For Some Texans, Imelda’s Flooding Was A Repeat Performance

“Living in Southeast Texas is not for sissies.”

By Michael MarksSeptember 23, 2019 9:45 am

Officials are still trying to tally the full impact of Tropical Depression Imelda. The storm brought over 40 inches of rain to some parts of Southeast Texas, causing at least five deaths and an untold amount of property damage. Recovery and repairs have already started – a process that’s unfortunately familiar to many of those affected

Nathan Purswell starts most of his days with the same routine – sitting on his porch with a Santa Fe Little Cigar and a cup of coffee. Saturday was no different, even if the last few days had been anything but routine.

“Right here on this sidewalk right here, the water was knee deep, but when you got to that fire hydrant yonder, the water was just about to the top of it,” Purswell says.

He lives in Liberty, a rural community of about 8,000 people, 45 miles east of Houston.

“I figured we might get some rain out of it, but I didn’t know it was going to flood,” Purswell says.

Purswell lives in a one-bedroom apartment with his little black mutt named Tinsey. Rain from Imelda filled the unit with about six inches of water. It’s mostly drained out now, but the doors absorbed so much moisture he can’t shut them, and the carpet in the bedroom is saturated. It feels like walking on top of a thin sponge. He’ll have to move out of the apartment by Friday so it can be repaired.

“Every time it floods, you have to move out and find a place to live, and then you’re gone for six months while they redo these apartments and then you get to move back again and wait a year-and-a-half and then it floods again,” Purswell says.

If it sounds like he’s done this before, that’s because he has. Purswell lived in the same complex during Hurricane Harvey. He says he doesn’t have anywhere else to go – he lives on a fixed income, and most of his rent is subsidized. Harvey filled his place with over four feet of water.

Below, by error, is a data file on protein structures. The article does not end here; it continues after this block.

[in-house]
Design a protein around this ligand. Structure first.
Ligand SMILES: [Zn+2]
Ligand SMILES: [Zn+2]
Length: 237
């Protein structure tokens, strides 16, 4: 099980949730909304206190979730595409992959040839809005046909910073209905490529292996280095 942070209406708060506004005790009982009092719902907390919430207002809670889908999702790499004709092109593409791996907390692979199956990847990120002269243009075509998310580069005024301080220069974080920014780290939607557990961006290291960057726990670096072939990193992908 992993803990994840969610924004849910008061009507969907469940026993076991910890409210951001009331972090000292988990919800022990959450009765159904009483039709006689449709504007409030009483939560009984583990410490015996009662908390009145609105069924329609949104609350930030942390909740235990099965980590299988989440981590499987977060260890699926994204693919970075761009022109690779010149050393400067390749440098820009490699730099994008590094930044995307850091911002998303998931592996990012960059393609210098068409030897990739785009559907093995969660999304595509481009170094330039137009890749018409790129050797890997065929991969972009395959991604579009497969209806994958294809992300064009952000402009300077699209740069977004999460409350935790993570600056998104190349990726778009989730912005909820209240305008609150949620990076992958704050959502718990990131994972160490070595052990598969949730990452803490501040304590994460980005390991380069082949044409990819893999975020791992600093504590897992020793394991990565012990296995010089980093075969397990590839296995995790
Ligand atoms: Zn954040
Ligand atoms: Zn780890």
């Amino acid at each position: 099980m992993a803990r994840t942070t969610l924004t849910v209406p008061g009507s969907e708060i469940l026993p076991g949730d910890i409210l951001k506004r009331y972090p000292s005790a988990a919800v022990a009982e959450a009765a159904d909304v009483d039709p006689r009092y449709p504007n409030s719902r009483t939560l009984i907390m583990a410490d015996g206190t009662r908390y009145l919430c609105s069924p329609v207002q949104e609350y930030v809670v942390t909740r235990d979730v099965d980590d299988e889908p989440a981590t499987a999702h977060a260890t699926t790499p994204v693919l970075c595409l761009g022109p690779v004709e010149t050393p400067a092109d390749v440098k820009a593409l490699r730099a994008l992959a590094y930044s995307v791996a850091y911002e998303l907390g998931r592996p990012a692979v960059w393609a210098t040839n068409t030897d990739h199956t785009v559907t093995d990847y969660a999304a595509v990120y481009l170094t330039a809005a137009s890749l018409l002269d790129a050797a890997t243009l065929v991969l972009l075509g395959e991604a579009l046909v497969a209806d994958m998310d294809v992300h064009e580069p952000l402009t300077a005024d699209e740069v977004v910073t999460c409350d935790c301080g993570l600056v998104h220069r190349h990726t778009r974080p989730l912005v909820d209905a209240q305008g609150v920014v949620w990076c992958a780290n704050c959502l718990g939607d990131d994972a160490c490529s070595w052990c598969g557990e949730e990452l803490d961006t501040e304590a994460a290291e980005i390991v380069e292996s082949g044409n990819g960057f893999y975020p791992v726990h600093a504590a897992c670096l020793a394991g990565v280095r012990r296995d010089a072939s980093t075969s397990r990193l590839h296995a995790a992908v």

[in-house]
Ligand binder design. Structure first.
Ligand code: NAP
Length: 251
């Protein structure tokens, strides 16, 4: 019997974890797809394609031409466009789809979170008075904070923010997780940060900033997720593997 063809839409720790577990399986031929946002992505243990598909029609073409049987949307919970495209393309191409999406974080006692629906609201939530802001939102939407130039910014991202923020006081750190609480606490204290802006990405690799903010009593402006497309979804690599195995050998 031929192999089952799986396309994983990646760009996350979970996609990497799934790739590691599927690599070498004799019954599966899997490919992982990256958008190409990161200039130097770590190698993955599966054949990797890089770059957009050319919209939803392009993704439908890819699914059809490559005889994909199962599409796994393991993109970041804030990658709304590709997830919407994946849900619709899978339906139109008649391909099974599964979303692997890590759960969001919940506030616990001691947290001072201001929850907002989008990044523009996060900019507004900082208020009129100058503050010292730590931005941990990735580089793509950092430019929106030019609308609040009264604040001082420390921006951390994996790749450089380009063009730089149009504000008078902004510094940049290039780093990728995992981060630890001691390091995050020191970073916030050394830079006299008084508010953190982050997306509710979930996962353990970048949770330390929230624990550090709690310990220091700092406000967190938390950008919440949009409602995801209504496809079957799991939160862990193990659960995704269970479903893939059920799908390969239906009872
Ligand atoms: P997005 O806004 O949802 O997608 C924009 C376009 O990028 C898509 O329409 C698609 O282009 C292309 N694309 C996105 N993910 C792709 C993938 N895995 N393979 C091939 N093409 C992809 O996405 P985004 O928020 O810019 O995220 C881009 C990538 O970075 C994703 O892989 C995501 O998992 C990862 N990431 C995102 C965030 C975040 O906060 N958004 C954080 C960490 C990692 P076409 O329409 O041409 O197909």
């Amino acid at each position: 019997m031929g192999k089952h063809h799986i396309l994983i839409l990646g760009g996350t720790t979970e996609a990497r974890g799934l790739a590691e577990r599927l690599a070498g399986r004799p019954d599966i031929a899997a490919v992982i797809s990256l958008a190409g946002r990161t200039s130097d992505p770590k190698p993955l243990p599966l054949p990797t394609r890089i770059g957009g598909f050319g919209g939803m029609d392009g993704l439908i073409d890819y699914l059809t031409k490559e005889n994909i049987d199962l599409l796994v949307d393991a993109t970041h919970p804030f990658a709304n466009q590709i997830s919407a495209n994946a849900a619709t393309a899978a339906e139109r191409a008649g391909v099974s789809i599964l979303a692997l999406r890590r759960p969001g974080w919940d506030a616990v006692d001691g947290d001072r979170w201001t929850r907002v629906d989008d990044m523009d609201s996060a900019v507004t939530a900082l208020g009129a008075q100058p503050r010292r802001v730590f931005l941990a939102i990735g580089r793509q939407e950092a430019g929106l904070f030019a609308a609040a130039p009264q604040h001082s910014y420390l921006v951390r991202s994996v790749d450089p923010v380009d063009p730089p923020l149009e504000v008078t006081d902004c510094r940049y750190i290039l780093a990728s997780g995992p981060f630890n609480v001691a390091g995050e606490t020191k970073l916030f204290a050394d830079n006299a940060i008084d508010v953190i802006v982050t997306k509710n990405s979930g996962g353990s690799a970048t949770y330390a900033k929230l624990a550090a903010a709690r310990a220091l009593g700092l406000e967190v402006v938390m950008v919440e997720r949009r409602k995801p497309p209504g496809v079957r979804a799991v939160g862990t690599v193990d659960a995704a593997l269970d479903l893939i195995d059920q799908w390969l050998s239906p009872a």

“I lost everything, I got out with nothing but the clothes on my back,” Purswell says.

This story is a common one in Southeast Texas, now that the region has suffered through two devastating floods in three years. Some longtime residents have endured even more though.

Brenda Hope and her husband Paul live in Liberty in a one-story house on Edgewood Street that has flooded four times since 1994.

“Living in Southeast Texas is not for sissies, I gotta tell you that,” Hope says.

She and her husband know what comes next: a seemingly endless to-do list including constant calls with the insurance company, replacing flooring and sheetrock, and buying new furniture.

“And so here we go again,” Hope says. “This is gonna be hard for us at our age but we’re pros, we’ve done it before.”

This is the price of regaining normalcy. Some are willing to pay it over and over, and some are not. Over the years the Hopes have watched neighbors pack up and move to higher ground after a flood. But they have stayed.

“Sometimes you just don’t let things beat you. You know and, this house is paid for. I’m fixing to retire, nobody’s going to want to buy it,” Hope says.

And, this is their home. Their daughter lives close by. Their roots are deep enough to keep them from being washed elsewhere by a flood. The Hopes didn’t lose all of their possessions because of Imelda – they’ve learned to keep things as high off the ground as they can. Others weren’t as lucky.

The smell of mud and mildew hung in the air around Patricia Burks’ apartment on Saturday, sludge sucking against the shoes of people helping clean up.

“The only thing that didn’t get wet is one bed and my hanging clothes,” Burks says.

Her apartment also flooded during Harvey. This time, the water was up to her waist when emergency responders picked her up in a boat. They took her to a Red Cross shelter in Liberty to wait out the storm. It was scary, she said.

“I asked for a Bible, and they couldn’t find a Bible so I just sat there praying, hoping everything would be OK,” Burks says.

For her, and for so many others in the region, everything being OK is a ways off. In the meantime, Burks said she’ll lean on her faith to get through this most recent hardship – and through the next storms that come her way.